Four years ago, the Kresge and Lumina Foundations built a competition on the observation that education is the single most important factor in driving metropolitan economic success. Research shows that about 60 percent of the variation in per capita personal income among large U.S. metropolitan areas is the fraction of the adult population that has earned a four-year college degree. Increasing educational attainment pays a big dividend to communities. On average, every one percentage point improvement in educational attainment is associated with a $835 dollar increase in per capita personal income. The participating cities also have strengthened their capability for local collaboration around these issues, which will likely pay additional dividends going forward.
The prize was awarded to Akron because it was the city which achieved the largest population-weighted increase in 2-year, 4-year and advanced degrees awarded between 2009-10 and 2012-13. (Four-year and advanced degrees are double-weighted in this calculation, reflecting their greater economic impact). Over the past three years, the 57 competing cities have increased the number of 2-year degrees by 69,000 and the number of 4-year degrees by 55,000. In the aggregate, the competing cities increased the number of degrees awarded by 7.6 percent more than their growth in population.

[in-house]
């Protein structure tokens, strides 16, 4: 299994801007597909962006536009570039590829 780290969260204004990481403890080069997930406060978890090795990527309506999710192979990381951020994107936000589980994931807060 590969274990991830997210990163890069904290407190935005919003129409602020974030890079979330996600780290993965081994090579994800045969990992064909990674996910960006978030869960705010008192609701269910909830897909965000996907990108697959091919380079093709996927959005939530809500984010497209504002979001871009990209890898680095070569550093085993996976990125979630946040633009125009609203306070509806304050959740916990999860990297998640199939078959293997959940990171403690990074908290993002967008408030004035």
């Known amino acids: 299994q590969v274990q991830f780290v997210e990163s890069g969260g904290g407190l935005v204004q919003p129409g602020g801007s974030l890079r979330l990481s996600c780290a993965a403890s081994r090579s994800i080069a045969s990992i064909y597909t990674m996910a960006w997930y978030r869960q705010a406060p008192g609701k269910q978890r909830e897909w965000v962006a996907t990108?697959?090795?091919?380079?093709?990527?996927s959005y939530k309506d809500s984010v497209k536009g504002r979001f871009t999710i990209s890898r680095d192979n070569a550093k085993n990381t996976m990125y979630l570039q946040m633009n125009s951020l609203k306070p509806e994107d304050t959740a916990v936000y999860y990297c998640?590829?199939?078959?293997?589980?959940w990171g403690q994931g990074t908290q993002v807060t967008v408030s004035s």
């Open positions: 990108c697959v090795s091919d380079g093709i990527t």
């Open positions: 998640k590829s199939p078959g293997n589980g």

See the full table below, which shows the number of AA and BA degrees awarded by city in 2010 and 2013, each metro area’s population in those years, the points associated with the population-weighted increase in attainment, and finally, the increase over 4 years of that city’s degree attainment. The table is ranked by the percent increase column, but you can use the interactive table below to rank each city by any of the columns.